The H-1B employees who were originally indicted as co-conspirators in connection with Vision Systems work visa fraud scheme have either plead guilty to reduced charges or had charges dismissed last year. Apparently, these results were in exchange for the H-1B workers cooperating with the investigation and prosecution of their employer.
Most of those who plead guilty did so to a single misdemeanor charge of failing to file a change of address when they moved to a new work location, a USCIS requirement. They were fined $200, according to public records filed in the U.S. District Court, Southern District of Iowa. One employee plead guilty to three counts of failing to change his address and was fined $600, but had no condition he cooperate with prosecutors. Another had his charges dismissed entirely, apparently because he agreed to serve as a witness at trial, according to court records.
The eight employees were arrested in 2009 along with their employers on felony charges related to the submission of H-1B and immigrant visa petitions for jobs in Iowa that did not exist. Vision Systems, headquartered in New Jersey, was accused of setting up a shell company called Venturisoft in Iowa, where prevailing wages for tech jobs are lower than in other parts of the country, such as California. Instead of working in Iowa, the H-1B employees allegedly were farmed out to companies throughout the United States without notifying USCIS.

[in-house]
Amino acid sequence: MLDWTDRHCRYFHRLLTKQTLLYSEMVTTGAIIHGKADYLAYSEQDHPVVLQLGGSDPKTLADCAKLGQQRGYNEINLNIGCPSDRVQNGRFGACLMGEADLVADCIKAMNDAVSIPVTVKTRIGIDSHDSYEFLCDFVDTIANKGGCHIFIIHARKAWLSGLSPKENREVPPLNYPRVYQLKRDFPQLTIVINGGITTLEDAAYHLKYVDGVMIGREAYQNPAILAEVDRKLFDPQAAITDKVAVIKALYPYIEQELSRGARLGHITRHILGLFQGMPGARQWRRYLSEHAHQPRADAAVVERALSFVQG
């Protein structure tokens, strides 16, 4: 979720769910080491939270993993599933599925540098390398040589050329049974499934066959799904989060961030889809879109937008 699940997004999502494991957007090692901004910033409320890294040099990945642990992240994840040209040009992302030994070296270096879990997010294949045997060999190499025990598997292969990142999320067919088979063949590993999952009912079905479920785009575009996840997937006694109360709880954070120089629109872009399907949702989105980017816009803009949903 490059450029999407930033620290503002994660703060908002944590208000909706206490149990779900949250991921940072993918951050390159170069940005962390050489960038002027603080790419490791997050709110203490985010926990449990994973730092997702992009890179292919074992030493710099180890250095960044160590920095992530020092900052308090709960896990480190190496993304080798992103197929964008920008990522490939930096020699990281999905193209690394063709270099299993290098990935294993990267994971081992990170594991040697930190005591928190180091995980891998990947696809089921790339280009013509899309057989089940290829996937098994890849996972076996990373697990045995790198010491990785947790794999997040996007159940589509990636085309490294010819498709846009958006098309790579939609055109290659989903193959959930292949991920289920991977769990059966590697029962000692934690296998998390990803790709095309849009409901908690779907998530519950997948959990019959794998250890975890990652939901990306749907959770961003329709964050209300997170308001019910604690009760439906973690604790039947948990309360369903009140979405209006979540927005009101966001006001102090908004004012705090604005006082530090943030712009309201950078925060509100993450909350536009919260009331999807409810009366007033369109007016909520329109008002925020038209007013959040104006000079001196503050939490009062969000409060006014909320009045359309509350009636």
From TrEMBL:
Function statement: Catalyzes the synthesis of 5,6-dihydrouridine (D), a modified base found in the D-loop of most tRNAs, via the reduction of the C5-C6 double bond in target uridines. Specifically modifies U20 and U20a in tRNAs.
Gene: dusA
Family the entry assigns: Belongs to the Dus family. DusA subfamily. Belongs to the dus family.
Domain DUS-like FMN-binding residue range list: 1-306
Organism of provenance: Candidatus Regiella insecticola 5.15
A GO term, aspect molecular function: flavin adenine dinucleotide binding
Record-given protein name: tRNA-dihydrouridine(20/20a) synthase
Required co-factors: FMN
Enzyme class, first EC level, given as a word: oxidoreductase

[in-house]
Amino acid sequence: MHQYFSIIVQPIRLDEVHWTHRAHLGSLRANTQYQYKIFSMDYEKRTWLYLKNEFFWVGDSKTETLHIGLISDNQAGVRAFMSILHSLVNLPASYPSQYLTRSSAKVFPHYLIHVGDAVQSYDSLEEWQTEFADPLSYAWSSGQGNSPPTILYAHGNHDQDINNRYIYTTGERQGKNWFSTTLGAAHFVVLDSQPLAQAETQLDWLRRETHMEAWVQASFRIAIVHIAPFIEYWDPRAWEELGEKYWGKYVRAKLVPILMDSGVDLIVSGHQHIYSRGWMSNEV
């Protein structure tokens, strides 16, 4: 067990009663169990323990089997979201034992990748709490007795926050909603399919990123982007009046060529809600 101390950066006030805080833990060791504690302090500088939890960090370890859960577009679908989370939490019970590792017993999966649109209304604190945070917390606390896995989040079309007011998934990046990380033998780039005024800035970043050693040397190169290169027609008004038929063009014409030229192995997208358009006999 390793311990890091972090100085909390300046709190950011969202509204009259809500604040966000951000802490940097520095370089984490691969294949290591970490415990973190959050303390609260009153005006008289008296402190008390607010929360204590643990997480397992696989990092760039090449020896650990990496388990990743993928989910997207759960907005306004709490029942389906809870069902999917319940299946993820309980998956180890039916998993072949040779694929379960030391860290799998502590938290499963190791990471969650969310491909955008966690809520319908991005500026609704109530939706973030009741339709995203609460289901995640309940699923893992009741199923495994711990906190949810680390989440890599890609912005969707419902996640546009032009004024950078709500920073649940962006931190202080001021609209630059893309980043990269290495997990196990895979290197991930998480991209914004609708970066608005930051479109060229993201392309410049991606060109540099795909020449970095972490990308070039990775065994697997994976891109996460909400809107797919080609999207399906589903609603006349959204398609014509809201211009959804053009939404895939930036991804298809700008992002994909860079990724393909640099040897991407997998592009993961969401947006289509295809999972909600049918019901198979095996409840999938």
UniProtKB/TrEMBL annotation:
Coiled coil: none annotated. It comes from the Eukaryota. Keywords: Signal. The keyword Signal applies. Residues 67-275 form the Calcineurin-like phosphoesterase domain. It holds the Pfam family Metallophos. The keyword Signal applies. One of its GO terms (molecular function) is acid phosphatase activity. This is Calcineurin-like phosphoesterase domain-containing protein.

Such practices violate Department of Labor and USCIS regulations and are common among unscrupulous H-1B employers commonly referred to as "body shops." These body shops lure H-1B employees with the promise of well-paying tech jobs in the United States. When an employee arrives, however, he finds no job exists and he won't be paid. Instead, he is told to go out and get himself placed with a third-party company and only then would he be paid. If he is not working, he is benched without pay, in violation of the law. The employee often is afraid to confront the employer about the unlawful activity, fearing for his immigration status.
When the government filed criminal charges last year against Vision Systems and its owners, the fact that the H-1B employees were also indicted sent a chill through much of the H-1B worker community. That prosecutors did not pursue the felony conspiracy charges and instead used them as leverage to gain the employees' cooperation, should serve as some relief to other H-1B workers who are now or have been victims of such unlawful employer practices that jeopardizes immigration status.
(In the authors' experience, most H-1B workers we've encountered do not join or conspire with their employers to participate in unlawful activities: if you are concerned about your own H-1B employer and actions it wants you to do, you should consider a confidential assessment of your situation by an attorney).
The Vision Systems indictments were one of the early cases testing whether criminal charges would stick against employers who violate H-1B regulations. Although federal prosecutors settled last year for guilty pleas from the two Vision Systems owners to reduced charges with no imprisonment, the case still resulted in a criminal conviction. With a successful test run under their belt, prosecutors have since pursued additional employers and obtained convictions with imprisonment. See our blog article on several recent convictions here. If you have been benched, underpaid, or promised a job that didn't exist, you should consider contacting an attorney to examine potential relief (e.g. payment of wages owed, help with a lawful H-1B transfer) for that situation, and to ensure you are compliant with the law when you take action to improve your situation.